On July 31, 2015, the father filed a motion entitled “Motion to Alter, Amend, or Vacate Order or, in the Alternative, Motion for New Trial.” On September 22, 2015, the father filed a motion requesting the trial court to suspend the mother's visitation. On December 11, 2015, the father filed his notice of appeal.
Discussion
On appeal, the father challenges the trial court's order regarding custody, visitation, and child support.
“We initially address whether the judgment is a final judgment that will support an appeal. Matters of jurisdiction are of such magnitude that they may be considered at any time, and courts may consider these matters ex mero motu. Wallace v. Tee Jays Mfg. Co., 689 So.2d 210 (Ala.Civ.App.1997). ‘An appeal will not lie from an order or judgment which is nonfinal.’ Robinson v. Computer Servicenters, Inc., 360 So.2d 299, 302 (Ala.1978).”
K.L.U. v. M.C., 809 So.2d 837, 840 (Ala.Civ.App.2001). We requested letter briefs from the parties regarding whether the July 23, 2015, order was a final judgment from which the father could appeal and, if so, whether the notice of appeal filed by the father had been timely filed. Both parties responded to this court's request.
Having reviewed the parties' briefs and the record, we note that there are several outstanding contempt motions that were not addressed in the July 23, 2015, order or otherwise.1 In Decker v. Decker, 984 So.2d 1216, 1220 (Ala.Civ.App.2007), this court held that, in postdivorce proceedings, a trial court's failure to dispose of all motions for contempt relating to the alleged violation of the previous divorce judgment renders a judgment nonfinal. This appeal arises from postdivorce proceedings in which each party filed motions accusing the other party of contemptuously violating the terms of the 2011 divorce judgment. The trial court did not adjudicate those motions, thereby rendering the trial court's July 23, 2015, order nonfinal. A nonfinal order will not support an appeal. K.L.U., 809 So.2d at 840. Therefore, we dismiss the father's appeal as being from a nonfinal judgment. Decker, 984 So.2d at 1220.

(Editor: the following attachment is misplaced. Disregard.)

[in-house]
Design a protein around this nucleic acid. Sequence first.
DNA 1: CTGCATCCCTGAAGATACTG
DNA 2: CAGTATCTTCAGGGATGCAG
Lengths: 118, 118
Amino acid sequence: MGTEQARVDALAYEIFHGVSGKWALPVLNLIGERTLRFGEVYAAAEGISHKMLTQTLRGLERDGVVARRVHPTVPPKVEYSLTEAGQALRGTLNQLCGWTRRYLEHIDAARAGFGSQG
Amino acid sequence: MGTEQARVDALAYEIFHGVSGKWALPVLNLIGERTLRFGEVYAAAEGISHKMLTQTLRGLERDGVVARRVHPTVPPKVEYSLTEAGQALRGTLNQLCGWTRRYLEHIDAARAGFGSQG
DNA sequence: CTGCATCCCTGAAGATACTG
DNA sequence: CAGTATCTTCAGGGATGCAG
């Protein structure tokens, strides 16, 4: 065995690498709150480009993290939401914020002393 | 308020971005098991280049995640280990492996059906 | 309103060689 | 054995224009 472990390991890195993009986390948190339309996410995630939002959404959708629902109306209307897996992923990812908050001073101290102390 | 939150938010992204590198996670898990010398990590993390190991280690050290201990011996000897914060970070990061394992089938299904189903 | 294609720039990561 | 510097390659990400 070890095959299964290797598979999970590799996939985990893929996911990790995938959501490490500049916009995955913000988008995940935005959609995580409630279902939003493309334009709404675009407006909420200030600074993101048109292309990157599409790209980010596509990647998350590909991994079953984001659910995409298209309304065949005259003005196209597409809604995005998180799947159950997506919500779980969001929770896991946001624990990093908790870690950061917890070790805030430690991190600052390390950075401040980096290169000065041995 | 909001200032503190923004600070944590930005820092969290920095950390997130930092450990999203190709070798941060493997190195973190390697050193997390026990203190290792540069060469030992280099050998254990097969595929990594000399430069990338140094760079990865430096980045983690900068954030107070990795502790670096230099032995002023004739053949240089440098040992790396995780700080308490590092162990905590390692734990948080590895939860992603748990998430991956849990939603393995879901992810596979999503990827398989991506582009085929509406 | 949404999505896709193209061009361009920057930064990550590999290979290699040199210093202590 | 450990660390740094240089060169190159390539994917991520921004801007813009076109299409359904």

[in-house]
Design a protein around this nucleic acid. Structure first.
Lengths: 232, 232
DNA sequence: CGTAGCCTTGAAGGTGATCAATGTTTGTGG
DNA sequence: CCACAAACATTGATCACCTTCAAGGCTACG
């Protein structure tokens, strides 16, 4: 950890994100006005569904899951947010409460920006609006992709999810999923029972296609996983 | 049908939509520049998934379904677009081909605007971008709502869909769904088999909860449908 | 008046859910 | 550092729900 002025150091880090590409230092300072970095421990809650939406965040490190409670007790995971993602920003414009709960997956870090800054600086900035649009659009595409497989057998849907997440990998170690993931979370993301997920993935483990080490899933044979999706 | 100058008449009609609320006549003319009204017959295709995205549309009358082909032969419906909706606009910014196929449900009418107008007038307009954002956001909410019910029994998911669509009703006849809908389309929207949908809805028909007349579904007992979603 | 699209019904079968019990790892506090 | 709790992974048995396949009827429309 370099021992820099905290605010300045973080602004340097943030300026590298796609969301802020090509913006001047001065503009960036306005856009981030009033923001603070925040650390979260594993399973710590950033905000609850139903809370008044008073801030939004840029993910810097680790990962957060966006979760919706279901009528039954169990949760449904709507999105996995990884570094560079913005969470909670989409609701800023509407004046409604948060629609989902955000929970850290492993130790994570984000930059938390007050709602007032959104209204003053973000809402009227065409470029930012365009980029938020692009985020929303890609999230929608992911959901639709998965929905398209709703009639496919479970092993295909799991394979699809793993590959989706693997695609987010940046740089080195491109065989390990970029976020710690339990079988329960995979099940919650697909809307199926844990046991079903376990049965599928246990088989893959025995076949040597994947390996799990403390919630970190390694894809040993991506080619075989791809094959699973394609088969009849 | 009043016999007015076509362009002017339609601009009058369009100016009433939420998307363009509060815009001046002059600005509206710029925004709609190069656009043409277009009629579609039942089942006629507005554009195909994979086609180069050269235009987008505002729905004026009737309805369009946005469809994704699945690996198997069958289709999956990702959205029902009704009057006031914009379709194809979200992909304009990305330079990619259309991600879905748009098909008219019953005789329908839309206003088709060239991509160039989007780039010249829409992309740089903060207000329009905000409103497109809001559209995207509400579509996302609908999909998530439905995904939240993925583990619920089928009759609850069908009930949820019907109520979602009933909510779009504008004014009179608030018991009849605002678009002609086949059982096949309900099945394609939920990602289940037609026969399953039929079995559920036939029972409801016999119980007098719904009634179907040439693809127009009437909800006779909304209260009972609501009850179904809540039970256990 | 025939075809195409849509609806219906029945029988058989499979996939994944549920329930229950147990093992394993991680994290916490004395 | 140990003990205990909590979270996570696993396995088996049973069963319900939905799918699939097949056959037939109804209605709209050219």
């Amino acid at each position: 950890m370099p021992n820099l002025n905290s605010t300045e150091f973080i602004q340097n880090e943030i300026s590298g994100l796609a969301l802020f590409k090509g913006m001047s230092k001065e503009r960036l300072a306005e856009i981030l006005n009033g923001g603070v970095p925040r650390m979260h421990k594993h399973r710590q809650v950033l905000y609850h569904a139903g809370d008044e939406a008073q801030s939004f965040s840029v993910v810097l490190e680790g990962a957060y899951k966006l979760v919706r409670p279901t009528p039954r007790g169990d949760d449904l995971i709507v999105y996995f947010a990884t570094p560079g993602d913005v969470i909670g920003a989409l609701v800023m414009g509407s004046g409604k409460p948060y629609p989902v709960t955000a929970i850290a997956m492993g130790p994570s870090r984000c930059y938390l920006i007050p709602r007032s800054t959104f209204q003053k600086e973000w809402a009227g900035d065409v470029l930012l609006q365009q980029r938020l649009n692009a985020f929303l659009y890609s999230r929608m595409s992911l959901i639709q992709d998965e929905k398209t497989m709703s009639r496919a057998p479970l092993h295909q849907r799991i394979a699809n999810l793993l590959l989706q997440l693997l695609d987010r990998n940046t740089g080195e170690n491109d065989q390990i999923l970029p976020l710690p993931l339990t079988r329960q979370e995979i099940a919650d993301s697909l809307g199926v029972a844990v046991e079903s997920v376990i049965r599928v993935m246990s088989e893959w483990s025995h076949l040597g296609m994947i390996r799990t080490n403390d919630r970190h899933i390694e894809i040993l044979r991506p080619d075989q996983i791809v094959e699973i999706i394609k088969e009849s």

APPEAL DISMISSED.
I concur in the result reached by the main opinion. I agree that the pending contempt motions render the July 23, 2015, order nonfinal. I conclude that the trial court's July 23, 2015, order is also nonfinal because it schedules unidentified issues for “review” after a later hearing at which it would receive evidence. The July 23, 2015, order does not make clear whether the trial court intended to consider the issues of custody, child support, or visitation, or a combination of those issues, at the later hearing or whether it planned to address the pending contempt claims at that hearing. Regardless, I think it is clear that the trial court did not intend to rule on all of the issues pending before it at the time it entered its July 23, 2015, order. “An order that does not dispose of all claims or determine the rights and liabilities of all the parties to an action is generally not final.' Stone v. Haley, 812 So.2d 1245, 1246 (Ala.Civ.App.2001).” T.H. v. Jefferson Cty. Dep't of Human R
MOORE, Judge.
PITTMAN, THOMAS, and DONALDSON, JJ., concur.THOMPSON, P.J., concurs in the result, with writing.